Unfortunately, part of sticking with the Cats meant supporting them after a demoralizing loss to Duke to open the season. Even after November 6, there were obviously other highs and lows of the long (but not quite long enough) season.
Of course, the pair picked some of their biggest wins as their favorite moments in a Kentucky uniform – the UNC win and the Kansas win, namely. But they also had to address some of the lows. Johnson said the team just didn’t “execute like we wanted to coming down the stretch” against Auburn, and it cost them the opportunity to play in a Final Four. There was one team in particular they wanted to face, and it’s the team that beat them at the very beginning of their year.
“We wanted to see [Duke], obviously, in the National Championship. That’s kind of what we wanted to do,” Herro said. “I definitely think if we saw them again, we’d get after them.”
Even if the Cats had advanced to the Final Four, Duke had already been eliminated. Regardless, Johnson and Herro were confident they could have won over the Blue Devils, had they been given a re-do.
Once again, the pair showed this year’s team was full of not only good players, but good people, as well.
Johnson and Herro were both on the show for a few segments, so they had plenty of other note-worthy quotes. Check out what Herro (and his teammates) thought of his “Bucket” nickname here, and click here for what they learned from talking with NBA scouts.
For information on their signing tours (including stops at KSBar & Grille), click here.
As the pieces on next year’s roster slowly come together, there is one player we have not mentioned as a possible departure this offseason: Brad Calipari.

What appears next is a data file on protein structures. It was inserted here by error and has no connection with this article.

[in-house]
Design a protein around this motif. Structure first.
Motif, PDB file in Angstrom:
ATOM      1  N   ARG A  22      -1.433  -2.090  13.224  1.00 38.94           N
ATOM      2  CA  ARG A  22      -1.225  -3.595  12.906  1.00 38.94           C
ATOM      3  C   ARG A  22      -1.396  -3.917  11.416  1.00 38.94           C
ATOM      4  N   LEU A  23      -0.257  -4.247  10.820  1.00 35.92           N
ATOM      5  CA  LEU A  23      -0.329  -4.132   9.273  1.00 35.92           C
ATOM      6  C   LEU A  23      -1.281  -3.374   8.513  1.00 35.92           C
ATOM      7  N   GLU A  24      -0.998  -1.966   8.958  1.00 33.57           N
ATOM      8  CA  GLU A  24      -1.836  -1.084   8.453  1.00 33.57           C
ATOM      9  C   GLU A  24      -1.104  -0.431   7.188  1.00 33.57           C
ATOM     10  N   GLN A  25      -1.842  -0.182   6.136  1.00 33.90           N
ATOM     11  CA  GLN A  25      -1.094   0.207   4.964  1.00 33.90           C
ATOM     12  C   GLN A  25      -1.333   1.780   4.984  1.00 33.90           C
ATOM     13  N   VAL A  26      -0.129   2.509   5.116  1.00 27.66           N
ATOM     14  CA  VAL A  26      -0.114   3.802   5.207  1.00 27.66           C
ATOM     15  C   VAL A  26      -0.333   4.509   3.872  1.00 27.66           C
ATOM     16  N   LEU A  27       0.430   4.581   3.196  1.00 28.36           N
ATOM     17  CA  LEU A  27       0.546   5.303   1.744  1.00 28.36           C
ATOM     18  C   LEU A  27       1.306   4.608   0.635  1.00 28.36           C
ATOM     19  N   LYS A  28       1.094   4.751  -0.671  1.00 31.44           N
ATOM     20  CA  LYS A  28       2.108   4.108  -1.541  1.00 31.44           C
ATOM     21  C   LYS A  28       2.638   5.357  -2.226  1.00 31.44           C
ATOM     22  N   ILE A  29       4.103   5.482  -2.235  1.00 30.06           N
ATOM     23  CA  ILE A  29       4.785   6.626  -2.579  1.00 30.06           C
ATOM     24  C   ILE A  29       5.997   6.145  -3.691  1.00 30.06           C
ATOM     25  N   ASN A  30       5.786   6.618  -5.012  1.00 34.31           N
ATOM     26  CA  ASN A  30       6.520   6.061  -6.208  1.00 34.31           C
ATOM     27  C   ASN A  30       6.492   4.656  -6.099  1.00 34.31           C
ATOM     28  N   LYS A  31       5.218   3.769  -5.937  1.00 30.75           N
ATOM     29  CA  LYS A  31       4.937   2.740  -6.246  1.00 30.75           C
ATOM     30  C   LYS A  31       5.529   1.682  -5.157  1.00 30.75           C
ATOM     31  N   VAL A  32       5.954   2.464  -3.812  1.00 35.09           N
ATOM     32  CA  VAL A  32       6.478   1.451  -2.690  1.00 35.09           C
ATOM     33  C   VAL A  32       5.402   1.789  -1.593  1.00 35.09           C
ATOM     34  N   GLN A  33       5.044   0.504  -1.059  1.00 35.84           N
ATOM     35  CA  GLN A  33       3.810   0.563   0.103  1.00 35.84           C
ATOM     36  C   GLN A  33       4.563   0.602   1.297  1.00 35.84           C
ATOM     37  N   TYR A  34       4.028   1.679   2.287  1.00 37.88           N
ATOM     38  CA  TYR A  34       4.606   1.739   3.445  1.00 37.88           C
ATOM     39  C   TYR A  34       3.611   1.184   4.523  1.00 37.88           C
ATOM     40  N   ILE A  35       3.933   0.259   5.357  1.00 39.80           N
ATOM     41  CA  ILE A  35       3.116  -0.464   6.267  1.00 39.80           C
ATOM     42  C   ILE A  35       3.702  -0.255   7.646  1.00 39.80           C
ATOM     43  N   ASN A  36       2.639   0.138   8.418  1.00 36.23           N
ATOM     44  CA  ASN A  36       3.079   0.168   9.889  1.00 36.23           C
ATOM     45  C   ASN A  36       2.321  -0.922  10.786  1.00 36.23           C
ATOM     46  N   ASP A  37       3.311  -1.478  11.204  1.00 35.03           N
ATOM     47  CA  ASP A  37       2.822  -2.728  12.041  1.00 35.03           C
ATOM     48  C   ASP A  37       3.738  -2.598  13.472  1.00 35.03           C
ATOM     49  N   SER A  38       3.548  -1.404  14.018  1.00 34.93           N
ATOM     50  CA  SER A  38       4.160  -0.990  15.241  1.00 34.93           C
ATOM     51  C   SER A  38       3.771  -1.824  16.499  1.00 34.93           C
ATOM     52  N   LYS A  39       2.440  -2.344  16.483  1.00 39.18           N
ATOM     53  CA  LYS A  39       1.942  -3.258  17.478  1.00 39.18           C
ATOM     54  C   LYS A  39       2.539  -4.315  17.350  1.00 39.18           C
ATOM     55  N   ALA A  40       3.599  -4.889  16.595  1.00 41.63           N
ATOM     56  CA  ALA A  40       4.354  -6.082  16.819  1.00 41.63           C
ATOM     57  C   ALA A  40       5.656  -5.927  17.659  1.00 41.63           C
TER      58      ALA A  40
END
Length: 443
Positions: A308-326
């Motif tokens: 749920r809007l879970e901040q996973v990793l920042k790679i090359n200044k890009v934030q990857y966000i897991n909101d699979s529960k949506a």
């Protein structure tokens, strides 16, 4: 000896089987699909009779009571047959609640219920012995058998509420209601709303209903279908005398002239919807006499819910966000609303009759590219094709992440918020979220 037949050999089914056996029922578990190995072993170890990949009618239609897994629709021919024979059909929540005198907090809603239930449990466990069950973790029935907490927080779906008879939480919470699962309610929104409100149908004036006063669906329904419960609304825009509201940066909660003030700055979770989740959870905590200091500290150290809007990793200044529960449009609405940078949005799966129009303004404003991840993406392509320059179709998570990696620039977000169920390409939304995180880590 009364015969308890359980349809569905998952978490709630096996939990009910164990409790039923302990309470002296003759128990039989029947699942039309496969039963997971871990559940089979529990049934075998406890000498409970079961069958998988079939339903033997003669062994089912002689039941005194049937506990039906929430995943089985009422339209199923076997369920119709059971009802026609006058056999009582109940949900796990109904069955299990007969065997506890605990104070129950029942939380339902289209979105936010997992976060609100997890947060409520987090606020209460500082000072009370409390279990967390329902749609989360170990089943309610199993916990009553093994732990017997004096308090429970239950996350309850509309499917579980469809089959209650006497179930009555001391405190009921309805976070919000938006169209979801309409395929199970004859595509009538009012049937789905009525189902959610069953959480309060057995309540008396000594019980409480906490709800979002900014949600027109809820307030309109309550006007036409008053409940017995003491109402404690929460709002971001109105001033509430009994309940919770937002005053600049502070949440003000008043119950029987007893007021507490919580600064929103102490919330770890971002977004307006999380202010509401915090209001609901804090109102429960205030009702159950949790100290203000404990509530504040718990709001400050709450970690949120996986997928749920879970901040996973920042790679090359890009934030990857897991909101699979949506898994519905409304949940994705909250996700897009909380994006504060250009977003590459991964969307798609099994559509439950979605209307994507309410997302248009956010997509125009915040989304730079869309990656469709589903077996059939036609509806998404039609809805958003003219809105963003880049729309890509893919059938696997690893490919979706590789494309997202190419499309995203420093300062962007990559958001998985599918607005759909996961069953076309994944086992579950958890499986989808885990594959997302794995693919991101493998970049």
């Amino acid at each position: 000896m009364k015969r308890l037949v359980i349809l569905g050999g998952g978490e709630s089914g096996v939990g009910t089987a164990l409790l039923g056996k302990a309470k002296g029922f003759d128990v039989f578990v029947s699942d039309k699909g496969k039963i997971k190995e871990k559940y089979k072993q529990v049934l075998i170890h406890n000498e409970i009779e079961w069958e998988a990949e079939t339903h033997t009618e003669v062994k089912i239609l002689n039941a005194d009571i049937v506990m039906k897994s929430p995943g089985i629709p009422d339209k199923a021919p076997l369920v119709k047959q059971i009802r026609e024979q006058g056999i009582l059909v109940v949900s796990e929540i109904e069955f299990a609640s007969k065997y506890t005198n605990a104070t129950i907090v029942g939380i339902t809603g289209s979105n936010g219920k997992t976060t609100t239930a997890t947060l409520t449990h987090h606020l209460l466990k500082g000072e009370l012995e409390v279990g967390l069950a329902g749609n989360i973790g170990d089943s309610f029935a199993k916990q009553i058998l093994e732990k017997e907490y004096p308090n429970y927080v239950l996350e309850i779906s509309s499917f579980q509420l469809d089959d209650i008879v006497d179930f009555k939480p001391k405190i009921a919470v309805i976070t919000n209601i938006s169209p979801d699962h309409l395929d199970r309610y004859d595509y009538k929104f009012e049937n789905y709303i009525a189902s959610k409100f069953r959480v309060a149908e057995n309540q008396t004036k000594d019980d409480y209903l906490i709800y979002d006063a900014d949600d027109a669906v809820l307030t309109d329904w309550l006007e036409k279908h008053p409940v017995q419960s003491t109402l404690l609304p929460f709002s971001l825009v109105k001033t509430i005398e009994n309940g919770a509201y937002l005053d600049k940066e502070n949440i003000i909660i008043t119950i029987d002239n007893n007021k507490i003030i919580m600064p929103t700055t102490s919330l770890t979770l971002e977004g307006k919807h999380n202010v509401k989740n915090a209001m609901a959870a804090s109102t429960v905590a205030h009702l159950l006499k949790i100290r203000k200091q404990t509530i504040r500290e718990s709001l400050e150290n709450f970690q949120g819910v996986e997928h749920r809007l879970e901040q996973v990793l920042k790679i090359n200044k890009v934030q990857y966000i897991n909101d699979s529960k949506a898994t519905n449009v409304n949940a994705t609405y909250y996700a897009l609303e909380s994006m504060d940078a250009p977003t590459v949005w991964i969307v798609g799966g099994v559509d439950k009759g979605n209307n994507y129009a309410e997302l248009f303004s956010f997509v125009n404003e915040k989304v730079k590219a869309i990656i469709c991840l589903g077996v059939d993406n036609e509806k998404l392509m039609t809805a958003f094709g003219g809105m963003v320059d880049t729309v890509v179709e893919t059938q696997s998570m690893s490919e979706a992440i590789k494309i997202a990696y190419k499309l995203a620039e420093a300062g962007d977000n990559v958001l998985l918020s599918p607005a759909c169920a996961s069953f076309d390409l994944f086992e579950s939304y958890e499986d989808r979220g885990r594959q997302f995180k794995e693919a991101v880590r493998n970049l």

Brad, really??? Yes, Brad, really. Like his old man, he could take advantage of a grad transfer situation, only he would be the one transferring to another program.
As the young Calipari reminded us on Twitter earlier this week, he is on pace to graduate this semester after three years.
I’ll have graduated in 3 years after this semester?????????
— Brad Calipari (@bradcalipari) April 15, 2019
If all goes well the remainder of the semester and Dr. Capilouto hands him his diploma this May, Brad could go to another school — a smaller school where he would play a bigger role on the basketball court — and have two years of eligibility remaining. Should he choose that route, he would be eligible immediately.
Now I have no idea what is going through Brad’s head right now and if this is something he is even putting serious consideration into; however, Coach Cal did mention it as an option for his son in an interview with Jim Rome during the tournament.
“He can go to another school, a smaller school where he’ll play more,” Cal said, before adding he thinks Brad will stick around Lexington.